Table is restaurant No. 2 from the husband-and-wife team of Cassy Vires and Josh Renbarger, proprietors of Home Wine Kitchen in Maplewood. While their new eatery differs from HWC in several ways, one thing remains the same: The food is fabulous.
The space, which most recently housed The Stable restaurant (and started out, in fact, as a stable for the Lemp Brewery), is sprawling, with mile-high ceilings and plenty of elbow room. There's also a spacious enclosed ‘patio’ for those who want that open-air experience, while still having a roof over their heads. The concept of Table is communal dining, so the dining room and patio feature several long tables instead of the usual single-party seating options.
Dishes are organized roughly by the main ingredient: Under Hoof, you'll find beef; while Beak lists the fowl options, and so on. There's also a Feast section, featuring larger plates to be shared with your tablemates, like Suckling Pig ($26/person); and Bites, which has a number of smaller snacks that can be mixed and matched at three for $12 (or six for $20). In keeping with the community dining theme, most of the portions are smaller and intended to be shared. Anyone who says they can't find something they like on this menu definitely isn't trying.
With so much to choose from, we had a hard time figuring out where to start, finally deciding on the Potted Crab ($12) to get things going. This crock of rich crab came with a bit of cayenne butter and a dollop of pickled lemon to cut through the unctuous confit.
The leftover bits that don't always make it to the plate are sometimes the tastiest, and Table recognizes this fact with Offcuts, a small selection of plates centered around oft-ignored delights like pig ear and beef tongue. The Country Fried Chicken Livers ($8) we opted for were coated in a crisp batter and served with a surprisingly mild tabasco aioli that had just enough kick to complement, but not overwhelm, the dish. These were our kind of chicken nuggets, to be sure.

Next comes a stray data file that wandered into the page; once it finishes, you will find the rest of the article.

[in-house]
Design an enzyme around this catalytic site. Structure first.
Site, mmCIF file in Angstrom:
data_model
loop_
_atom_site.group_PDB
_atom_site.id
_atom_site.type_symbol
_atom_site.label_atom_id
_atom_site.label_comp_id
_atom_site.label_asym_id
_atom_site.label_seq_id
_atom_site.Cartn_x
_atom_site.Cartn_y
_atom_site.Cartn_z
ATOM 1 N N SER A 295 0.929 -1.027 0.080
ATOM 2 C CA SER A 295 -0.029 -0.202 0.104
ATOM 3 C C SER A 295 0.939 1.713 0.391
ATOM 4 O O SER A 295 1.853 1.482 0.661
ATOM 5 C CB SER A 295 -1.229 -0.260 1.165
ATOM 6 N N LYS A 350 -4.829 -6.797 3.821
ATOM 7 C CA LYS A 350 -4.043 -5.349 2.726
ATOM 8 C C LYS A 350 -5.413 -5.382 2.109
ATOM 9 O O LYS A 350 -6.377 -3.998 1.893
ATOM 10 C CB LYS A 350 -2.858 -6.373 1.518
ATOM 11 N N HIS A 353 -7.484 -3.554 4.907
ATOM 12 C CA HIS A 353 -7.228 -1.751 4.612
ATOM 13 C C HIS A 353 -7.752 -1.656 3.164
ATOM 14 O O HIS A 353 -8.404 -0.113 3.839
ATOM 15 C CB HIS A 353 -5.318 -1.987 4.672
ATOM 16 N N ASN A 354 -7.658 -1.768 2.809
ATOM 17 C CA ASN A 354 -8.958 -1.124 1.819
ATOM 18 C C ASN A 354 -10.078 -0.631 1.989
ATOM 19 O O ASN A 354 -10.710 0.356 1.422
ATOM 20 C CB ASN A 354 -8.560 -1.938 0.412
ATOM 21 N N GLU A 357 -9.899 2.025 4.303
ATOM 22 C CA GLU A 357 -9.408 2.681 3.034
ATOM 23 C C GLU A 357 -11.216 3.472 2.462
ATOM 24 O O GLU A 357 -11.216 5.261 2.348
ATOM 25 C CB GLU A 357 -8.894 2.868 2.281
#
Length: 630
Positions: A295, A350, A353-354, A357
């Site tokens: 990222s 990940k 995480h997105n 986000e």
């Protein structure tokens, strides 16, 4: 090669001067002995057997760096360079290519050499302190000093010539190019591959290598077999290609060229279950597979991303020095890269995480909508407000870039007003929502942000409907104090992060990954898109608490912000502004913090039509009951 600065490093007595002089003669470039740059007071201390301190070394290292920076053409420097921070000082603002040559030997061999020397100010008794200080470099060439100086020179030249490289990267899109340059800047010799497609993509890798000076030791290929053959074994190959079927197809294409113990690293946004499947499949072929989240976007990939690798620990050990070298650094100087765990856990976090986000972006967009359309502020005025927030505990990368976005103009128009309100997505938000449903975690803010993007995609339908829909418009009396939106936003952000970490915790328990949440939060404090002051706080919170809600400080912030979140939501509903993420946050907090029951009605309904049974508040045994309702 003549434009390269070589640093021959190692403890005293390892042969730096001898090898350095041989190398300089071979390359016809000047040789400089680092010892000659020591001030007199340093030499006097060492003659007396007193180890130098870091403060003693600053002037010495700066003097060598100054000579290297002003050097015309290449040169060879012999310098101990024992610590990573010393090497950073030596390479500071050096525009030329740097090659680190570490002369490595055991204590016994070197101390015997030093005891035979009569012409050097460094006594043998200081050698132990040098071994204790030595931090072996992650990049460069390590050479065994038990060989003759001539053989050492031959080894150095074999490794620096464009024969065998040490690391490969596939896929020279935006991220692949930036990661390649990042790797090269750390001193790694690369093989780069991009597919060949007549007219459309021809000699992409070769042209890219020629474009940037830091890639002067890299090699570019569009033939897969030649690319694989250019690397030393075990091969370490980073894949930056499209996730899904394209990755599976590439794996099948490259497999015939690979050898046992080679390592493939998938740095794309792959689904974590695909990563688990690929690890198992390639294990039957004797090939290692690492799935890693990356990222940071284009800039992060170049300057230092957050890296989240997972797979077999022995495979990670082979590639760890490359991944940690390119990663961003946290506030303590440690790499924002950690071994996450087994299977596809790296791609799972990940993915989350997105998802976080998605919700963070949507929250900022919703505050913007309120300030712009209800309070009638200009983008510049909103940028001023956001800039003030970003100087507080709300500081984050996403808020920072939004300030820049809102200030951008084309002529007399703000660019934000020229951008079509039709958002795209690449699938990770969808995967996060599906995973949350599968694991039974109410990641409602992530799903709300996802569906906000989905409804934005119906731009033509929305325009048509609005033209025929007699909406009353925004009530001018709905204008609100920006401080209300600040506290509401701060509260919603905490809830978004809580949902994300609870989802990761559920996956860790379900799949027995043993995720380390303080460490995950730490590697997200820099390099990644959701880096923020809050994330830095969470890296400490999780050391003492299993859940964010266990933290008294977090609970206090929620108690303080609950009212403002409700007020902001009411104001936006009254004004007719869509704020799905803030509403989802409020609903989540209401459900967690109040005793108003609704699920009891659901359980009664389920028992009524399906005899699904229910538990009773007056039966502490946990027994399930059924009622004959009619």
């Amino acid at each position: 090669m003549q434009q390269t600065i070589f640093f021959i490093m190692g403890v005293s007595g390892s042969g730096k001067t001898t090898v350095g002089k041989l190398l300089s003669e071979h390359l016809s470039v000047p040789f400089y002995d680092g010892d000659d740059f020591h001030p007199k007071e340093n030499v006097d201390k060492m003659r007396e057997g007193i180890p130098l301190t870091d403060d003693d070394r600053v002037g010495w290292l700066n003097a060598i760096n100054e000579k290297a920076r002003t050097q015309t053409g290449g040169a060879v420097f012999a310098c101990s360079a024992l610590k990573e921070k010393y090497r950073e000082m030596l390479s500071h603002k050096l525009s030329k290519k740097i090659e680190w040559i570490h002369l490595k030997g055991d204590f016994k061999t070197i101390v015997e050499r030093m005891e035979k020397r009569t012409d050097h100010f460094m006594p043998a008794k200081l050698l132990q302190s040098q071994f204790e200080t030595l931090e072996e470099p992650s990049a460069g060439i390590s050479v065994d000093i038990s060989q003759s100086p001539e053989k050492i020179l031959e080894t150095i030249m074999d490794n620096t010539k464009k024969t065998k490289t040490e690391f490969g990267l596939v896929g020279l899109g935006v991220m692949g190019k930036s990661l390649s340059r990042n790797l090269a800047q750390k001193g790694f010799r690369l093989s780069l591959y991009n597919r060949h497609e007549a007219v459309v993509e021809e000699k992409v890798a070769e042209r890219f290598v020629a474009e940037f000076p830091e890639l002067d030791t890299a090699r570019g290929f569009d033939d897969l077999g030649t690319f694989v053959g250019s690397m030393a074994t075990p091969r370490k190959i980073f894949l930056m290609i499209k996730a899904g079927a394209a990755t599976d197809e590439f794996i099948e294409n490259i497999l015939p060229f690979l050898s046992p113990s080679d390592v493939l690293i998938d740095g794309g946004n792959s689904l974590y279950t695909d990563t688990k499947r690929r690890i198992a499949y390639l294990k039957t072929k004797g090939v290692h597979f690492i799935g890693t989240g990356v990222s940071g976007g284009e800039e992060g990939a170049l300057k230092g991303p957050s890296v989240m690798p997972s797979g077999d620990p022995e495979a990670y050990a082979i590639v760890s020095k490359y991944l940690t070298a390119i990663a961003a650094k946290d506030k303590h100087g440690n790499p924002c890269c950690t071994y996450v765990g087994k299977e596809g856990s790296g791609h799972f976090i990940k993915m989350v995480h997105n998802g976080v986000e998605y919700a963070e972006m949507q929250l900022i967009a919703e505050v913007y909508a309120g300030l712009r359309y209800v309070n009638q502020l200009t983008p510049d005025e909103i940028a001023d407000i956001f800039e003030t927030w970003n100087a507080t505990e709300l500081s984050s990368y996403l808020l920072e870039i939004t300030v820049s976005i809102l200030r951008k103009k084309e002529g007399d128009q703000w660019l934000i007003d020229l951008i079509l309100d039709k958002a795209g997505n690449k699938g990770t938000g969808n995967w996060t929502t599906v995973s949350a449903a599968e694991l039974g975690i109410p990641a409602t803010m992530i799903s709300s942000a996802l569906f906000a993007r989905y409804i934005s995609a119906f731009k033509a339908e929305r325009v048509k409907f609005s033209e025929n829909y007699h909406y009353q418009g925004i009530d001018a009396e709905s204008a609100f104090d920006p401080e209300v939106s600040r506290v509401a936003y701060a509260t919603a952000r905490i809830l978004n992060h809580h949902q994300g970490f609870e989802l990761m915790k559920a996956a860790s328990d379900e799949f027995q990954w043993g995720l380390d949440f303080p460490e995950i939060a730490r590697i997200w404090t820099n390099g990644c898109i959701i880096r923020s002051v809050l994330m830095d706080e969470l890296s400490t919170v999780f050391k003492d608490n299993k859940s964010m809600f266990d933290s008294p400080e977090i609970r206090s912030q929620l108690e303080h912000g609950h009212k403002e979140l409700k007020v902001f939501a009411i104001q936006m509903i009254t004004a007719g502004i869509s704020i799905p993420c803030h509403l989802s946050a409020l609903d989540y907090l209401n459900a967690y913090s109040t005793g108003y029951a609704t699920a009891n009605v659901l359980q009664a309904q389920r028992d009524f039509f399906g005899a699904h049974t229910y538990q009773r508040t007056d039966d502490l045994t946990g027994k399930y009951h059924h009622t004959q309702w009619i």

At Table, veggies are taken as seriously as the meat. Case in point, the Spicy Tomato Broth ($12), a gorgeous array of heirloom cherry tomatoes with some fried mozzarella and a bit of basil to set them off. Simple and beautiful to look at, and it tasted like summer on a plate. The standout dish among everything we sampled was the Cauliflower Mole ($10). On paper it seemed odd-- flash-fried cauliflower served with a vanilla aioli and some crushed almonds. Not exactly a combo you see every day, so we had to try it. The subtle sweetness of the vanilla turned out to be an excellent complement to the cauliflower, which had just a bit of smokiness from the pan, and the almonds lent just the right amount of texture to the mix. Who knew? Our compliments to the chef on this one!
For dessert, we had the Peanut Butter Semifreddo ($8). This creamy delight had just enough peanut butter flavor without going overboard, and the oatmeal and peanut cookie base could've been a dessert all by itself.
On the beverage side, Table has plenty of beers and wines to choose from; and a cocktail list that has some interesting offerings like the Scotchtail ($10), which tastefully combines Scotch, sweet vermouth, pineapple, Angostura bitters and smoked jalepeno.
Do yourself a culinary favor and head down to Cherokee Street as soon as you can and take a seat at the Table.
--1821 Cherokee St., 449-1888, tablestl.com